Decrease in frequency of bowel movements, difficulty in passing stool, incomplete emptying after bowel movement or hard stool, all these are considered to be constipation in a patient.
If patient has less than three bowel movements in a week, it is considered as severe constipation or chronic constipation.
Symptoms of chronic constipation vary from person to person. Some people have bowel movements three times a day; others have three times a week.
Patient needs to be considered constipated if he/she has two or more of the following symptoms for at least 3 months:
• Straining during a bowel movement.
• Hard stools.
• Incomplete evacuation.
• Two or fewer bowel movements in a week.
It is more prevalent in people who consume junk food. It can occur at any age.
Following factors may contribute to development of chronic constipation. Causative factors vary from person to person.
• Lack of fiber intake in diet.
• Not chewing the food properly.
• Reduced water intake.
• Various medications:
– Iron supplements.
– Antidepressants, tri-cyclic anti-depressants, anticonvulsants and antispasmodics.
– Cigarette smoking withdrawal.
– Abuse of laxatives.
• Severe illness like stroke, paralysis.
• Psychosomatic causes like depression and anxiety neurosis.
• Lead poisoning.
• Intestinal obstruction.
• Connective tissue disorders like lupus and scleroderma.
• Abdominal surgeries.
• Pelvic floor dysfunction.
• Irritable bowel syndrome’ where it alternates with diarrhea.
• Hard stool.
• Infrequent stools, less than three times a week.
• Sensation of incomplete emptying of bowels.
• Bloating of abdomen.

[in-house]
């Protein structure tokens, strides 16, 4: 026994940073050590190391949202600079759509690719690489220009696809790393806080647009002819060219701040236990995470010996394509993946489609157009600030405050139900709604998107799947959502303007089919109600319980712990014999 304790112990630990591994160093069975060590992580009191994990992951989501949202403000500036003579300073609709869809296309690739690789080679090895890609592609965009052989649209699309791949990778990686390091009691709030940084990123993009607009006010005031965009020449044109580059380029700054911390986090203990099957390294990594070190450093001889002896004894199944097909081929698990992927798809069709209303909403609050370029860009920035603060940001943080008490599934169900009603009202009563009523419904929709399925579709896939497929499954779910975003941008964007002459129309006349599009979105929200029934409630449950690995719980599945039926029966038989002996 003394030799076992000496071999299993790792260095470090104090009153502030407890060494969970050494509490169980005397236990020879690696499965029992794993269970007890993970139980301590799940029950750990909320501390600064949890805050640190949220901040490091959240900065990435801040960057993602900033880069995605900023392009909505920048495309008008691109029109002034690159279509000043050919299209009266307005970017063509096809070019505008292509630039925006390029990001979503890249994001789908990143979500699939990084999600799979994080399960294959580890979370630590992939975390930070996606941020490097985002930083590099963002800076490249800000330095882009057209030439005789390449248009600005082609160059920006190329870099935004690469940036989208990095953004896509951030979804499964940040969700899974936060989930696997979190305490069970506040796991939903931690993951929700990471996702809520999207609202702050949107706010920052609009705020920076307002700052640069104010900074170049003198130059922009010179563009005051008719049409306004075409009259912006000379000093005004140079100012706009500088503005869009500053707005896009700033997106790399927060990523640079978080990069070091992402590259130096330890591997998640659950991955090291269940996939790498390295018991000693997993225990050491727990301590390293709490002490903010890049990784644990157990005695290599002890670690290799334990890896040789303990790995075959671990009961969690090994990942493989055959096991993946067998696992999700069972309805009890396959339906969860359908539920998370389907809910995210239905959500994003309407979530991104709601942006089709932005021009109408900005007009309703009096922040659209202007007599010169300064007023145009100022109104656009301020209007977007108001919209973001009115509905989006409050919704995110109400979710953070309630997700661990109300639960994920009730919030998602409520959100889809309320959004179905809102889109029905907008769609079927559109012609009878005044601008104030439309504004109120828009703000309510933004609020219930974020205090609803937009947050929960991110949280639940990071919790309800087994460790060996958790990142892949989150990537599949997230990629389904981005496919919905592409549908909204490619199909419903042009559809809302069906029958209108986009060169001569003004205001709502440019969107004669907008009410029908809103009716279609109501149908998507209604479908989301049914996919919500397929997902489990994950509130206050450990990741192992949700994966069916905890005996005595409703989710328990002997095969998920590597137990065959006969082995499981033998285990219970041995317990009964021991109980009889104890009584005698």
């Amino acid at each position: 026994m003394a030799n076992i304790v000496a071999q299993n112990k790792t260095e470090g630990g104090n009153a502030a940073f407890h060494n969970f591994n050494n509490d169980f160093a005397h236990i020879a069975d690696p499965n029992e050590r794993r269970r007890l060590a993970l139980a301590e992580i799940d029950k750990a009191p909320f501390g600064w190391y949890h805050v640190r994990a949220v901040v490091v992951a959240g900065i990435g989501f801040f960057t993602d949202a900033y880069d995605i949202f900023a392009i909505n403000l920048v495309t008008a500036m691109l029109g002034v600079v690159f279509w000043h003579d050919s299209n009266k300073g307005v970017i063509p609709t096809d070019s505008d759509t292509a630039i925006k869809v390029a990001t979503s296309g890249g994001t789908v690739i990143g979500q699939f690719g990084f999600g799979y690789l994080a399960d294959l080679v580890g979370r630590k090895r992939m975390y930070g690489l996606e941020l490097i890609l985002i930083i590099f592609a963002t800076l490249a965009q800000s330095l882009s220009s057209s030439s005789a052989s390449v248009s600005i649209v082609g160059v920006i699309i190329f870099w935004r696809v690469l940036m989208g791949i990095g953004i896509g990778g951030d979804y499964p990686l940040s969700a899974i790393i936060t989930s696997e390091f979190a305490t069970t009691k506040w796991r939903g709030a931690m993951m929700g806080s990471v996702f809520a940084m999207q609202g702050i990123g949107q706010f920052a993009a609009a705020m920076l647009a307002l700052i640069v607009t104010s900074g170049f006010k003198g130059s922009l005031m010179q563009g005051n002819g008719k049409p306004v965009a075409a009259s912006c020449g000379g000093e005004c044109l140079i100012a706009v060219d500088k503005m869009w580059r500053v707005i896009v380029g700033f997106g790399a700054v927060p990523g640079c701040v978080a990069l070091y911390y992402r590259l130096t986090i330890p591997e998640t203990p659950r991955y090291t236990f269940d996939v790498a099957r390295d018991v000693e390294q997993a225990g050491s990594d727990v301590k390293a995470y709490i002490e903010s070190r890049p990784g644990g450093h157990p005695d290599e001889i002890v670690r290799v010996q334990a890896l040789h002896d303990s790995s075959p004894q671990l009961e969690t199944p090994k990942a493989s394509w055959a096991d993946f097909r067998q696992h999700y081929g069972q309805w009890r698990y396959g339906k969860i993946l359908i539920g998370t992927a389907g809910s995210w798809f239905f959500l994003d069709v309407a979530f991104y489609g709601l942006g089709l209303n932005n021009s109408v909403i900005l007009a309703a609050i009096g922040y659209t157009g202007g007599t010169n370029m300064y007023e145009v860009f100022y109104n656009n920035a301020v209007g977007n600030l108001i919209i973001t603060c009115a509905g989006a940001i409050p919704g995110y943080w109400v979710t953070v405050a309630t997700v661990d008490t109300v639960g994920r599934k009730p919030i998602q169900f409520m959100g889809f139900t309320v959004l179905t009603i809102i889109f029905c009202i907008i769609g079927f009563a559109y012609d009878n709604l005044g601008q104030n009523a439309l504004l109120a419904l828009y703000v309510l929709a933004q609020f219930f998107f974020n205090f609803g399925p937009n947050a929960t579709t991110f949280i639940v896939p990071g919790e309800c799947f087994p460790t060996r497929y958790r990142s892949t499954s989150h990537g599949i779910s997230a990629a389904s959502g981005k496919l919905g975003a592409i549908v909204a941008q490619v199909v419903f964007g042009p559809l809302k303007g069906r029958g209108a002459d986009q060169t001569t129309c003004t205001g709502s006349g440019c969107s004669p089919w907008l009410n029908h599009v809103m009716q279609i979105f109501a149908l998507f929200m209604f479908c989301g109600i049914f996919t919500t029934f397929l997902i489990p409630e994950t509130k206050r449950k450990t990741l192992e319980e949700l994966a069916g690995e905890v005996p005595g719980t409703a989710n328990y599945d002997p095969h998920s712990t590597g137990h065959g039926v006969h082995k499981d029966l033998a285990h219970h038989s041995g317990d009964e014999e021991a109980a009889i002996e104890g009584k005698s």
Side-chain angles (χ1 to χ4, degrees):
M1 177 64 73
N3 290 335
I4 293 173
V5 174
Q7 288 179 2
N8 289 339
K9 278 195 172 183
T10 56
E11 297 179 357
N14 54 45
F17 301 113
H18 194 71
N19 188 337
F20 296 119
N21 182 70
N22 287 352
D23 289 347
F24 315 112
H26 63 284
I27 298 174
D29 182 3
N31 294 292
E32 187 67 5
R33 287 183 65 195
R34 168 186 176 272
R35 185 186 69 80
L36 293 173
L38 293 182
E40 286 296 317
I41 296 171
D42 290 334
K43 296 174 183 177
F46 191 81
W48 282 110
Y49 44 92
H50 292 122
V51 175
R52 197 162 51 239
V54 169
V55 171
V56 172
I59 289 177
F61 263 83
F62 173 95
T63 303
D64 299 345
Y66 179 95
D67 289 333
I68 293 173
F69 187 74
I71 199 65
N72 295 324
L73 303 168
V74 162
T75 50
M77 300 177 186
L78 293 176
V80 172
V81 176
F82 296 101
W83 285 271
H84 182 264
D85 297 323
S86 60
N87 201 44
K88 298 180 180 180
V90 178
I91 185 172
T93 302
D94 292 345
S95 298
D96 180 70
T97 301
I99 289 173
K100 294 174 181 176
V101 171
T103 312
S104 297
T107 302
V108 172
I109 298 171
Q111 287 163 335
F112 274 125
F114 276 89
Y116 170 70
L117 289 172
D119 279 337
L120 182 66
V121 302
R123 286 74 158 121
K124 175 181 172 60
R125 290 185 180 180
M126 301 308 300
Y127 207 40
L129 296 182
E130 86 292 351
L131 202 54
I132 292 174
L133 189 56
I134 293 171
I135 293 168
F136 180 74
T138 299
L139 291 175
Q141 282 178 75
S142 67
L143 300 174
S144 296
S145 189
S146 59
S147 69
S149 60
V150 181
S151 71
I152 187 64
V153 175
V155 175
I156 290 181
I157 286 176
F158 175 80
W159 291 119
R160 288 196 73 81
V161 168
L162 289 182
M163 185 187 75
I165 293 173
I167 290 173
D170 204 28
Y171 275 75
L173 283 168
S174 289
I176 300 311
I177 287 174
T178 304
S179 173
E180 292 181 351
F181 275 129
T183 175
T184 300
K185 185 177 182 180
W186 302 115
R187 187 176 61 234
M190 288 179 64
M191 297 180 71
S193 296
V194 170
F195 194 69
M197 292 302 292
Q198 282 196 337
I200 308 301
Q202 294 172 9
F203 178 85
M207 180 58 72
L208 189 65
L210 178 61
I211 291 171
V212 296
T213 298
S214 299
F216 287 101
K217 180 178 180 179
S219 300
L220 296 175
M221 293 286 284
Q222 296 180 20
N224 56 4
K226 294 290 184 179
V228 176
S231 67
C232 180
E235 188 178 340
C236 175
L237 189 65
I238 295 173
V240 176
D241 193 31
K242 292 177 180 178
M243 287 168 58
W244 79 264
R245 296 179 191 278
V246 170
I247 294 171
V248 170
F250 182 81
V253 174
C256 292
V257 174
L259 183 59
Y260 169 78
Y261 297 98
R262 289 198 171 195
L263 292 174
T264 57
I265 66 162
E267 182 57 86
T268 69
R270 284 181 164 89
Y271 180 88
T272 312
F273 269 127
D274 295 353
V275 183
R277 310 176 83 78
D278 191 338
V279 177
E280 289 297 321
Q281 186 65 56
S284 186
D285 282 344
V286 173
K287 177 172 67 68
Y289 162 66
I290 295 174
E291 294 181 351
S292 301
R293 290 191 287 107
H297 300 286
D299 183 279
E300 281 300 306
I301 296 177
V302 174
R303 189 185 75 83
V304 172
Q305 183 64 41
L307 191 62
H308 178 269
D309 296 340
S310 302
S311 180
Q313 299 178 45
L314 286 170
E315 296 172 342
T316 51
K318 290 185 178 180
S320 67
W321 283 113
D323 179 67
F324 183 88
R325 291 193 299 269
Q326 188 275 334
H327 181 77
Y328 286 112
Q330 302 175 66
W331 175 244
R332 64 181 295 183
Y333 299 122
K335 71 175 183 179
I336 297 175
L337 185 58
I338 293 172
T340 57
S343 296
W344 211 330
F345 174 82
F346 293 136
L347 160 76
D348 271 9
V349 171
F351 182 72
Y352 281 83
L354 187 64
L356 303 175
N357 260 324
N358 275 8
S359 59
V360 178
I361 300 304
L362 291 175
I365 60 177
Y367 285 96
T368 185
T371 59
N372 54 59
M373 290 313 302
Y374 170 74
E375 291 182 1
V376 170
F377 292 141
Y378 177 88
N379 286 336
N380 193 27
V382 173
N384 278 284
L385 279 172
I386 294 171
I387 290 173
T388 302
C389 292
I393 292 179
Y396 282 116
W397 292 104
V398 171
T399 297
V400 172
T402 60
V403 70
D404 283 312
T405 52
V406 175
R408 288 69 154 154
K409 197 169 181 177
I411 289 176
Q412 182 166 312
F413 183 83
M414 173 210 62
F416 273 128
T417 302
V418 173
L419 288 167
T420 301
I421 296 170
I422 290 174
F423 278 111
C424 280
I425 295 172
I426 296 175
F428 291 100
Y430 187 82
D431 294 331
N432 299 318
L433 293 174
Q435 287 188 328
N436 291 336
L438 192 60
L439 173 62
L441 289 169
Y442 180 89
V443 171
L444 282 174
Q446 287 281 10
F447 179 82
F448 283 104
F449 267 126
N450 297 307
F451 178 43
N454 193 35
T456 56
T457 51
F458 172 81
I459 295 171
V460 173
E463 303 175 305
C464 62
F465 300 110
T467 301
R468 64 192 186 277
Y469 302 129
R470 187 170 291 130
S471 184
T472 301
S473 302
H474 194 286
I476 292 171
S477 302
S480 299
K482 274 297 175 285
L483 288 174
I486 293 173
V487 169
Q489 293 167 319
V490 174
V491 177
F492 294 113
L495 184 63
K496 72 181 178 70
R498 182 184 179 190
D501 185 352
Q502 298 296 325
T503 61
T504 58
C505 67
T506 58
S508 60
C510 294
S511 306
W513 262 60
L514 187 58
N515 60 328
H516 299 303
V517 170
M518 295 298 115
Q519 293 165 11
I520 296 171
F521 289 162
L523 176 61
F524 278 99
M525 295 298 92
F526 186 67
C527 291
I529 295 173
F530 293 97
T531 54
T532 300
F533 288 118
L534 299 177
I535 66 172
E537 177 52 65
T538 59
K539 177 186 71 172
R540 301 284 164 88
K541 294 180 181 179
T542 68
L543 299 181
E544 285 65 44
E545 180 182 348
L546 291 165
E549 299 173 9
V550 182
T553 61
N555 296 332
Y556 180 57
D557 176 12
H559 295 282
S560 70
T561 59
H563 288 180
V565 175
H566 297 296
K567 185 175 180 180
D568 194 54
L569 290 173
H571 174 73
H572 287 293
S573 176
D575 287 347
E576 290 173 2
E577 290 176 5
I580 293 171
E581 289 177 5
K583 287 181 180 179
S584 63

• Straining and difficulty having a bowel movement.
• Cramping pain and distension in abdomen.
• If the cause is intestinal obstruction, then nausea, vomiting may occur along with constipation.
• Coated (furred) tongue, bad breath (halitosis), and bad taste in the mouth.
Diagnosis can be made by a proper clinical history and physical examination.
The presence of characteristic symptoms i.e. hard stools, difficulty in voiding them and feeling of incomplete voiding of stools usually indicate the presence of constipation.
Other tests that your doctor may advice are:
• Examination of stool under microscope.
• Complete blood count.
• Ano-rectal function tests to find out abnormal functioning of the anus or rectum.
• Sigmoidoscopy or colonoscopy.
• Colorectal transit study – shows how well food moves through the colon.
• Barium enema.
• Thyroid function tests to rule out under activity of thyroid.
Treatment aims at the removal of the underlying cause. Along with that, patient needs to follow a healthy diet that includes lot of fiber and fluids.
If the changes in life and diet are not enough to relieve the symptoms of constipation then enema and laxatives may be used. But are not regularly recommended.
Constipation has a good prognosis. It can be cured easily by taking plenty of fluid and fiber in diet. Sometimes laxatives can be used.
• Bowel obstruction.
• Hard, dry, difficult stools.
• Rectum dry.
• Knife-like pains shoot up.
• Severe lumbo-sacral backache.
• Stool followed by fulness in rectum, and intense pain for hours.
• Inactive rectum and bladder.
• Great straining to pass even a soft stool.
• Must strain at stool to urinate.
• No desire for and no ability to pass stool with large accumulation
• Great straining.
• Stool hard, knotty, covered with mucous, or soft, clayey, adhering to parts.
• Chronic constipation, with severe Headache.
• No desire for stool.
• Stool hard, dark, dry as if burnt.
• Distended abdomen rumbling and cutting.
• After stool long-continued burning in rectum.
• Ineffectual desire for stool.
• Tearing and contracting pain, as from piles in rectum and anus after a meal.
• Bright blood with faeces, with constriction and contraction during stool.
• Stool with sensation of “something left behind”.
• Hard, as if burnt.
• Stool every 2, 3 or 4 days.
• Red orifices, acrid excoriating discharges.
Following measures can help you prevent the condition:
• Include more fiber to diet.
• Have 8 hours sleep at night.
• Drink plenty of water.
• Don’t ignore the urge for defecation.
• Regular physical activity is necessary.
• High intake of fiber in diet.
• Salad prior to dinner.
• Dairy products.
• Plenty of water.
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